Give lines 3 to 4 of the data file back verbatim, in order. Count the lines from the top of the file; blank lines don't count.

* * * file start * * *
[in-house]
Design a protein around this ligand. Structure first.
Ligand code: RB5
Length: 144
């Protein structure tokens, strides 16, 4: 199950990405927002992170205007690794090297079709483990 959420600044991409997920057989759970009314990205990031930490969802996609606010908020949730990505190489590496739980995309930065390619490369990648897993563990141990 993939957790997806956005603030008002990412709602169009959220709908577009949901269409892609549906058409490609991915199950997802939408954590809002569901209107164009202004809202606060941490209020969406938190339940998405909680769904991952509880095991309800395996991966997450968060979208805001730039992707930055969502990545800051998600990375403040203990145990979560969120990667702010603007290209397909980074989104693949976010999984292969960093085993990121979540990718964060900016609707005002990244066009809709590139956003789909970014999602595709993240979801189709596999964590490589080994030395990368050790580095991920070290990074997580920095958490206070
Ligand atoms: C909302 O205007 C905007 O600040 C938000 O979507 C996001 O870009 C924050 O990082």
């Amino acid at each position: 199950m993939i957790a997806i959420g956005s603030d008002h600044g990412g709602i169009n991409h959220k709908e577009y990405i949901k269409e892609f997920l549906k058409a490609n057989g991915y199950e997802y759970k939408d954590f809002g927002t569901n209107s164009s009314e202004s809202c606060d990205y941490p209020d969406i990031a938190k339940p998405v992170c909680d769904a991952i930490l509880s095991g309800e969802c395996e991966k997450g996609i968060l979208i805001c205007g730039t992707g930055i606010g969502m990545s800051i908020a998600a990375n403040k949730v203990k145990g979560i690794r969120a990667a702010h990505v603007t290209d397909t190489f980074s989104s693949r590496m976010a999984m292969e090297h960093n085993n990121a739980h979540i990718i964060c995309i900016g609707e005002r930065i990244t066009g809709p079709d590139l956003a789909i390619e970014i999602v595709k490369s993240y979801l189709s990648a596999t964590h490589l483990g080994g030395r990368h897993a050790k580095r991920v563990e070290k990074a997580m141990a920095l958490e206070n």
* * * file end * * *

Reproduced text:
Ligand code: RB5
Length: 144